Do you like drinking?
Do you like dancing?
Do you like wearing fancy dress?
Do you like having no idea what’s going on (but thoroughly enjoying yourself anyway) for an entire weekend?
Well, my friend, the Cologne Carnival is for you.
This past weekend I’ve celebrated my first carnival and taken part in all of the drinking, eating, singing, dancing and cross-dressing that it has to offer.
And if you’re considering coming to Cologne for carnival (or just want to see how I look in lipstick) then in this article I’m going to tell you all about it…
What Is Carnival?
Carnival is known as the 5th season here in Cologne. Because for a solid four months between the 11th November and Ash Wednesday (the five week point before Easter) carnival takes hold of the city.
It’s the only place in the world you can see Chewbacca making out with a Minion on a street corner and absolutely nobody thinks it’s weird.
For most people Cologne Carnival is the closing weekend of the season. Where for five days people push the boundaries of drinking, dignity and dancing to see just how much fun they can have.
In the next few sections I’ll take you through all of the main events and share some of my stories from celebrating it.
Altweiber: The Beginning Of The End
Altweiber is the start of the end of Carnival. It’s a Thursday and it’s the day that people decide they’re going to get the most drunk out of all the days.
Thousands of people take to the streets in fancy dress to drink, dance and pay €5 to get into a dive bar that would otherwise be empty.
Jake and I opted for traditional German lederhosen so we’d blend in like locals:
Traditionally it all kicks off with a breakfast where people bring different food and alcohol to someones house or apartment. People tend to eat Brotchen (bread rolls), Berliners (jam donuts) and Mett and drink beer or Flimm.
Mett is raw pork mince served on bread. So if you’ve ever woken up and thought, “You know what I need for today’s party? Diarrhea” then you’re in luck. I’ll stick to jam, thanks.
Flimm is an awful green liquid that tastes like the jelly you used to get with your school dinners.
Around 1pm, when everyone is drunk and full enough, it’s time to leave the apartment and go into town. And turning up on the street for the first time is a sight to behold.
The streets are closed to cars and the city is filled with people in elaborate fancy dress, drinking beer, laughing and dancing on the street. People go around and kiss each other on the cheek, dance with whomever and just take part in the fun.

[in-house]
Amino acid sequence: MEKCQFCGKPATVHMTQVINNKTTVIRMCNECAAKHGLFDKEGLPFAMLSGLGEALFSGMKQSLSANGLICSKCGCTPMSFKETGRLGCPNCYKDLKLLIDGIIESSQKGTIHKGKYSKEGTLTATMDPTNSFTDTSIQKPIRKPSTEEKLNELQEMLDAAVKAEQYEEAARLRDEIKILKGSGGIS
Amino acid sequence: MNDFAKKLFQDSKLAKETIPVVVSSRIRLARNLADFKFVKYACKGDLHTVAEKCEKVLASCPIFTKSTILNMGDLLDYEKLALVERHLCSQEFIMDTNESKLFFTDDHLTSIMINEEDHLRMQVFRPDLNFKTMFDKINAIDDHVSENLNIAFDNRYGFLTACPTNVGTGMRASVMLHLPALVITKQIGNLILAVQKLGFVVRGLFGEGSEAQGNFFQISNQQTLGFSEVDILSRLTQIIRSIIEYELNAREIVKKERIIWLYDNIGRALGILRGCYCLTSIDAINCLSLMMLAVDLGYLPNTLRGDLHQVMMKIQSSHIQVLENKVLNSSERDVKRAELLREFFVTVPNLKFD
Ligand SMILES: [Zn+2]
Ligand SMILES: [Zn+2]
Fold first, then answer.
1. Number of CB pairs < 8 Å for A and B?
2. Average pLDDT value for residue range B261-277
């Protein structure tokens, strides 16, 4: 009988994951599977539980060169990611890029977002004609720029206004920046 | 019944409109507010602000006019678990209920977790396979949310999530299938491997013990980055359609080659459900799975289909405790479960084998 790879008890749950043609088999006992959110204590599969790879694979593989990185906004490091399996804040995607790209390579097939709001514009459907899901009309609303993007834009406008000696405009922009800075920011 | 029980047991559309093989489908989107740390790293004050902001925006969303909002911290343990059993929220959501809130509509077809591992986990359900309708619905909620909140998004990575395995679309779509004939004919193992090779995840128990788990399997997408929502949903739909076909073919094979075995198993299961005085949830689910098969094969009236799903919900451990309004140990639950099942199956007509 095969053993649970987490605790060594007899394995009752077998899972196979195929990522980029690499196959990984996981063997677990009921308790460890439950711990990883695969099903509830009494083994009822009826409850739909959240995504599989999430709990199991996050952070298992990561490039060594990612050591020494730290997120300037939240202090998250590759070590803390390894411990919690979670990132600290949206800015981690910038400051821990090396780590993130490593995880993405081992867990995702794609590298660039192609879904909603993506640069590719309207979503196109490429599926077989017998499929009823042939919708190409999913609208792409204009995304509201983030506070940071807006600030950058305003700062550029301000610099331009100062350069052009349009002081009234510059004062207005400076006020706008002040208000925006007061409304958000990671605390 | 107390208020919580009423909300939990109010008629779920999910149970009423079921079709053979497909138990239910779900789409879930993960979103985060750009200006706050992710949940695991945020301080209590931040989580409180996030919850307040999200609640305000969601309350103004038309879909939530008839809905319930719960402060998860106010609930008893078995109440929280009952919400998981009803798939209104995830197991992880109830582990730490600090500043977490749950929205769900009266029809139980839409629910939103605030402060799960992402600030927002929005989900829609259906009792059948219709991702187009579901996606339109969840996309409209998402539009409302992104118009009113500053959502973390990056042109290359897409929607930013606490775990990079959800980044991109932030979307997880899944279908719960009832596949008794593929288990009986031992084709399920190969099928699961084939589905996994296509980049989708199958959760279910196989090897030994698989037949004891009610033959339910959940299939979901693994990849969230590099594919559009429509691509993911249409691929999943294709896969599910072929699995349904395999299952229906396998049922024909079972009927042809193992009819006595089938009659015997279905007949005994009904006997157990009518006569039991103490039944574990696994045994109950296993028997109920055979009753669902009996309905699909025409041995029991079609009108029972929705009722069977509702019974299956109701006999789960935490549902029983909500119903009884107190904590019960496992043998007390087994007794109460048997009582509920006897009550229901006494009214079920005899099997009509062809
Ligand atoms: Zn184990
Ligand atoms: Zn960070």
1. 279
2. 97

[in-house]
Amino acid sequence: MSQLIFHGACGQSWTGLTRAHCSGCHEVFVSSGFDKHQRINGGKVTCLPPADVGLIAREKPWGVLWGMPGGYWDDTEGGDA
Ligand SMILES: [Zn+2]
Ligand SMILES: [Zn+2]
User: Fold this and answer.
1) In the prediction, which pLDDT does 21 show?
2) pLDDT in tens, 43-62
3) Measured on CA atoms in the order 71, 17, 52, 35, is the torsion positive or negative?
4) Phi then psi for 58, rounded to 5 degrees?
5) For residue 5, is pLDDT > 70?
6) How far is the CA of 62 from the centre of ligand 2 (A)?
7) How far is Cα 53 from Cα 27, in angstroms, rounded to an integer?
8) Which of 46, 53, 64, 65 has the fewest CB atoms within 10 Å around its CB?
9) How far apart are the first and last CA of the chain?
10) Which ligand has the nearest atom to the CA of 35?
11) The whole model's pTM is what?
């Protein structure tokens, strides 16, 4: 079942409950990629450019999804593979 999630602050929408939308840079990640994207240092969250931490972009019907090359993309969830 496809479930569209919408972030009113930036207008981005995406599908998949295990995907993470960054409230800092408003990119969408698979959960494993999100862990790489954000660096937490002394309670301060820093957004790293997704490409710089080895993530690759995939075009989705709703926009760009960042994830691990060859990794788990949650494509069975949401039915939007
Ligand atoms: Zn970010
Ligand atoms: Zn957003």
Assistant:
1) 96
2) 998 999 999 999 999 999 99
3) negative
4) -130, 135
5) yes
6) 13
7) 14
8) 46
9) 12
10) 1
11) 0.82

I’d like to say I was sober enough to capture the entire moment on camera, but I wasn’t. It seems drunk James decided to try and take a photo at some point but this is all I could manage…
If you’re looking to travel to Cologne carnival to get drunk and party, then I’d highly recommend that you come for Altweiber over any of the other days. You don’t need to take part in the traditional breakfast event if you don’t know anyone there, and you can still get as drunk as possible.
The best place to go is around the Zuelpicher Strasse, which is in the middle of the more student area. But don’t worry they’re not all students. You can mix with people of all ages too.
I was in bed by 7pm because, well…I’ll let this Facebook status I don’t remember writing explain:
So I’m going to make a seamless segue and talk about the weekend.
The Weekend: Drinking, Dancing and Debauchery
From Friday until Monday there is a constant party. Every evening you can go out on the town. So there’s nothing ‘traditional’ going on other than the drinking and the dancing.
The entire city is one big party so there’s no really bad place to choose. And, Of course every day you need to wear fancy dress.
Sadly I’d managed to ruin mine and was left only with my Girlfriend’s fancy dress boxing. Meaning I was left with no option other than to go as Little Red Riding Stud:
Most of the bars you’ll find yourself in are tight and cramped. And, they have a wide range of around 12 Karnival songs that you’ll come to know off by heart by the end of the evening.
But for all of it’s cheesyness, Cologne Carnival really does do the party like no other place on earth.
You couldn’t compare it to Rio de Janerio or anywhere else around the world. This is a unique festival, in a unique city. Which is perfectly depicted by this picture that looks like an LSD dream sequence:
If you’re here for an entire weekend you’ll find lots of bars like this throughout the city. And the price of the beer doesn’t really change too much, despite being a trap for people. You’ll be looking at €1.30 – €1.80 for a Kolsch which is pretty standard.
Okay let’s skip through the weekend and on to Rosenmontag.
Rosenmontag: The City Comes Together
After a weekend of partying, you’d think that the Monday would be the ‘comedown’ period. But the party just continues on. Only this time in a much more family friendly way.